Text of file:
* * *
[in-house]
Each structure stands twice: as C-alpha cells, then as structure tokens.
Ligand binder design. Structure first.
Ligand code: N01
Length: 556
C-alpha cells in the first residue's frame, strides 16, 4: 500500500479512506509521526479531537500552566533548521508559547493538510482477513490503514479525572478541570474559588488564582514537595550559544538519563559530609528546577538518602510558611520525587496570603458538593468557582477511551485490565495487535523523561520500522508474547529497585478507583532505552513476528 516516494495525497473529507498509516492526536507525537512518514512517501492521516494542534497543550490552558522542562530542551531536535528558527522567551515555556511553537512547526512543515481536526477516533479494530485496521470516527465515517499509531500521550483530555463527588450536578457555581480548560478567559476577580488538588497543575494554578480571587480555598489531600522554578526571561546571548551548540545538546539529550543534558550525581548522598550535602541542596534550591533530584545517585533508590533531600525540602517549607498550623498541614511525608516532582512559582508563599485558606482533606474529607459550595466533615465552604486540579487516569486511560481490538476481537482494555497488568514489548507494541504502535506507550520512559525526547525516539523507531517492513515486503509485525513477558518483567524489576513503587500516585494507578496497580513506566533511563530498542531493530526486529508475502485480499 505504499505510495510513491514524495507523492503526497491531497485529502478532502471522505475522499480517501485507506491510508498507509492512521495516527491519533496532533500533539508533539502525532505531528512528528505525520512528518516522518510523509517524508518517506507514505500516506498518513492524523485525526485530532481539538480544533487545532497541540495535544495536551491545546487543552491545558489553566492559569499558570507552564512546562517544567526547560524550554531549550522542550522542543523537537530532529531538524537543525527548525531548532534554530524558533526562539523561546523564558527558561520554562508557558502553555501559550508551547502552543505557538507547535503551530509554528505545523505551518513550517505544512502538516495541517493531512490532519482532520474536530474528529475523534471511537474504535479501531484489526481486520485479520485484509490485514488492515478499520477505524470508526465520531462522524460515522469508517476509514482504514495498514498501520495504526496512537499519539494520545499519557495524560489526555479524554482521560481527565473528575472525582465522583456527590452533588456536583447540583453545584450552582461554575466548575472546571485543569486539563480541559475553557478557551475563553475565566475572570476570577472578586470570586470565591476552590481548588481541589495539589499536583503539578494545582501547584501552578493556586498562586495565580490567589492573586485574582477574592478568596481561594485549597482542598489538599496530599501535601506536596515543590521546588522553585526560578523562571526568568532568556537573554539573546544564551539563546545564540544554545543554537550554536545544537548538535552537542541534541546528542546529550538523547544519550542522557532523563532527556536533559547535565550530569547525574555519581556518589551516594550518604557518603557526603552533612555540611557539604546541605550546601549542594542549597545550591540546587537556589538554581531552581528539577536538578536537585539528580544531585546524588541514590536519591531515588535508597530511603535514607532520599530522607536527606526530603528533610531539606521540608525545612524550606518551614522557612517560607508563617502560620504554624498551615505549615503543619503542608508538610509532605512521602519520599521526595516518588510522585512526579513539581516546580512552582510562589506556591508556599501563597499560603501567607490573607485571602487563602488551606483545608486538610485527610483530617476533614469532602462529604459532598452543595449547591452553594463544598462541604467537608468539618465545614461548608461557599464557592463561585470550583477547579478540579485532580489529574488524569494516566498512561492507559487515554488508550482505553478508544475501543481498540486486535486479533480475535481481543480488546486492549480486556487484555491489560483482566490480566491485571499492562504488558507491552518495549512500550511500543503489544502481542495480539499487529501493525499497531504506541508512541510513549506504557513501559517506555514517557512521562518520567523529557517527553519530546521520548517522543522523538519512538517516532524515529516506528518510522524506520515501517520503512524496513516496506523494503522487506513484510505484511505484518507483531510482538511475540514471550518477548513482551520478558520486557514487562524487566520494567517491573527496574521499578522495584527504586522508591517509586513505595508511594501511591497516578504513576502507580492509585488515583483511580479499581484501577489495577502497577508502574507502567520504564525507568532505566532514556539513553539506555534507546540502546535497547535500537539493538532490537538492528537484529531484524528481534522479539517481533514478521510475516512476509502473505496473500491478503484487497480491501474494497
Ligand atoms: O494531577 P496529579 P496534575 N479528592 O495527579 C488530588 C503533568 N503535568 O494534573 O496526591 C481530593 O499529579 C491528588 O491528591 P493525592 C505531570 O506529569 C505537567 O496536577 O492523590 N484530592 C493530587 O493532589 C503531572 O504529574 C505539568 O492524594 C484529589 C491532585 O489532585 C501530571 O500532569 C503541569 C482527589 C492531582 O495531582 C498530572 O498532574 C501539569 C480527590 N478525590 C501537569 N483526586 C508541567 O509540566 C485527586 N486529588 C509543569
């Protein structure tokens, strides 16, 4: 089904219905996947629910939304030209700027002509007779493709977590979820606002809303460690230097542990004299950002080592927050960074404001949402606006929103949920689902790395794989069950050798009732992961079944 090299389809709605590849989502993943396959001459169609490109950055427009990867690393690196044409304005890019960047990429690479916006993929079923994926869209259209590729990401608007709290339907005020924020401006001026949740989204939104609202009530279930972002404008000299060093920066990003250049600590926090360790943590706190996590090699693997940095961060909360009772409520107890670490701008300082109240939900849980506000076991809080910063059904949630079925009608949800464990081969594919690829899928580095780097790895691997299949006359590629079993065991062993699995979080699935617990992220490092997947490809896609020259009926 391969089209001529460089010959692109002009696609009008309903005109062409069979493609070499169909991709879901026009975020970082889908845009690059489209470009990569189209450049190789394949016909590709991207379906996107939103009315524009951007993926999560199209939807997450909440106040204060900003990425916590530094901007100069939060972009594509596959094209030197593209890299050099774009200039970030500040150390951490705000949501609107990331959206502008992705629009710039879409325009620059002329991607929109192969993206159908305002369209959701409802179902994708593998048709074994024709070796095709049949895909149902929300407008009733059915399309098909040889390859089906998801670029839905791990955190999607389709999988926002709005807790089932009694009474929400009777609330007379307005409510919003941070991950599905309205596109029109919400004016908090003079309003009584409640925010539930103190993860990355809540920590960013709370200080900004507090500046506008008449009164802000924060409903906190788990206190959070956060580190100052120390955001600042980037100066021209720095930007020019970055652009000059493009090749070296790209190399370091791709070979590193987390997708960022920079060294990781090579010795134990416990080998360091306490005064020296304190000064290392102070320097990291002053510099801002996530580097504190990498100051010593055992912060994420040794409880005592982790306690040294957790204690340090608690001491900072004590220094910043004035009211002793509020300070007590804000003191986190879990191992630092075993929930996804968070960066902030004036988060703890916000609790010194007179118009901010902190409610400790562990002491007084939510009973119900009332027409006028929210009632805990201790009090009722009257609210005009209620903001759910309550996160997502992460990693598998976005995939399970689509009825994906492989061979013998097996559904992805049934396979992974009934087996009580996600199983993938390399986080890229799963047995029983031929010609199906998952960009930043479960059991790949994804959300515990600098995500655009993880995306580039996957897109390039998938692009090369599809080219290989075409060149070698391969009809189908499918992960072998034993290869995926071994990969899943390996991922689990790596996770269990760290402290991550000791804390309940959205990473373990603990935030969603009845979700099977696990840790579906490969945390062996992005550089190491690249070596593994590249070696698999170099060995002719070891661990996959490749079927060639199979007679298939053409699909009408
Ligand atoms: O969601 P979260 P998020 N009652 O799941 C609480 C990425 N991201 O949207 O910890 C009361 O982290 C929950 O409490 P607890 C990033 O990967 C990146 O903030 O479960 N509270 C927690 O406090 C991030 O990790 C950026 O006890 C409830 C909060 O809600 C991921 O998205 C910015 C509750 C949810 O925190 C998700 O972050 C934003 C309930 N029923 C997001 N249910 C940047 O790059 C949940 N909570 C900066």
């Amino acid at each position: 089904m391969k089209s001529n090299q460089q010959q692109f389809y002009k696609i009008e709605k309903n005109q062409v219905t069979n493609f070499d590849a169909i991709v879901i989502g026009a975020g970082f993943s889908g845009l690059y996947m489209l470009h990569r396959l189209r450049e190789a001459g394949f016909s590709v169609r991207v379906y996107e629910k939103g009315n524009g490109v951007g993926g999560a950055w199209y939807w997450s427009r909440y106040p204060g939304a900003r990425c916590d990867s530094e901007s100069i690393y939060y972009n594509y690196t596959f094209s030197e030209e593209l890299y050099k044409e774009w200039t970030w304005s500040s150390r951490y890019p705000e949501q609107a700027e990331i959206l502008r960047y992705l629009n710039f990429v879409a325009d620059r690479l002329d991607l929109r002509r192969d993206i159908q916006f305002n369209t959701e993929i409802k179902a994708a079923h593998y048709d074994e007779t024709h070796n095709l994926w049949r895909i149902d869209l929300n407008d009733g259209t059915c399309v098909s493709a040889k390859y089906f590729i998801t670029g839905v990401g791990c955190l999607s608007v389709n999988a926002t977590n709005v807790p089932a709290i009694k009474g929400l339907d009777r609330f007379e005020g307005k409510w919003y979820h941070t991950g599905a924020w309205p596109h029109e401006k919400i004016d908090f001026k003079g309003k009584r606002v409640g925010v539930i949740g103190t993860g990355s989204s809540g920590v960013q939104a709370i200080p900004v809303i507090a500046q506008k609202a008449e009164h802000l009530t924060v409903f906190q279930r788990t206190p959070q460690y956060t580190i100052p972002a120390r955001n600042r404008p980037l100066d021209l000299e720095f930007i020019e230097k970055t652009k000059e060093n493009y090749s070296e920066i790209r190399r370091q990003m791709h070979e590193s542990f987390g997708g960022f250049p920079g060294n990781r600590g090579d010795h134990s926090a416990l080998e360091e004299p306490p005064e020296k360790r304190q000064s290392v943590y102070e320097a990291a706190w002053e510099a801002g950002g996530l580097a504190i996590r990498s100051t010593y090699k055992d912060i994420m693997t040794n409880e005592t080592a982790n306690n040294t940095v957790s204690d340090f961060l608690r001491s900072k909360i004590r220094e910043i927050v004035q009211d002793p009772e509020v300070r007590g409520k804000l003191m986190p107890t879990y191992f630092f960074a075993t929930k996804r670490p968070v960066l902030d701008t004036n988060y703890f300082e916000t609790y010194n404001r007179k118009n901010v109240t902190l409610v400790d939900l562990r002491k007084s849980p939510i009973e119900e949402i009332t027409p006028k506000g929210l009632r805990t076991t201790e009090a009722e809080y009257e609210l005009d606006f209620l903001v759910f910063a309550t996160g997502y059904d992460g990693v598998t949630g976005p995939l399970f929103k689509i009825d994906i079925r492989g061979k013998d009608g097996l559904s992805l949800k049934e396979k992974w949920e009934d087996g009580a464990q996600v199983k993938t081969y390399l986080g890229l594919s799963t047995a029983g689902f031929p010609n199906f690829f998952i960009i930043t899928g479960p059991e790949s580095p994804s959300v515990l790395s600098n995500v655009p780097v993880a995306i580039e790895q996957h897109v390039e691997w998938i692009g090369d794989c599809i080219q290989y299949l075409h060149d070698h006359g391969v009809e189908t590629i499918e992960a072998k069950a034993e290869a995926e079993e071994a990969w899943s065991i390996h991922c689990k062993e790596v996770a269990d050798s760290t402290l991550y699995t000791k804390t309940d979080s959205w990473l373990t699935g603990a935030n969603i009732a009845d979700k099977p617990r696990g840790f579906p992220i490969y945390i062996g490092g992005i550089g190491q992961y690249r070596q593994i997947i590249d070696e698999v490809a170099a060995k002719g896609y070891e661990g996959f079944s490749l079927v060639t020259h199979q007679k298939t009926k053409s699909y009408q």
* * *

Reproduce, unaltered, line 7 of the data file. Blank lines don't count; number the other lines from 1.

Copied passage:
Ligand atoms: O494531577 P496529579 P496534575 N479528592 O495527579 C488530588 C503533568 N503535568 O494534573 O496526591 C481530593 O499529579 C491528588 O491528591 P493525592 C505531570 O506529569 C505537567 O496536577 O492523590 N484530592 C493530587 O493532589 C503531572 O504529574 C505539568 O492524594 C484529589 C491532585 O489532585 C501530571 O500532569 C503541569 C482527589 C492531582 O495531582 C498530572 O498532574 C501539569 C480527590 N478525590 C501537569 N483526586 C508541567 O509540566 C485527586 N486529588 C509543569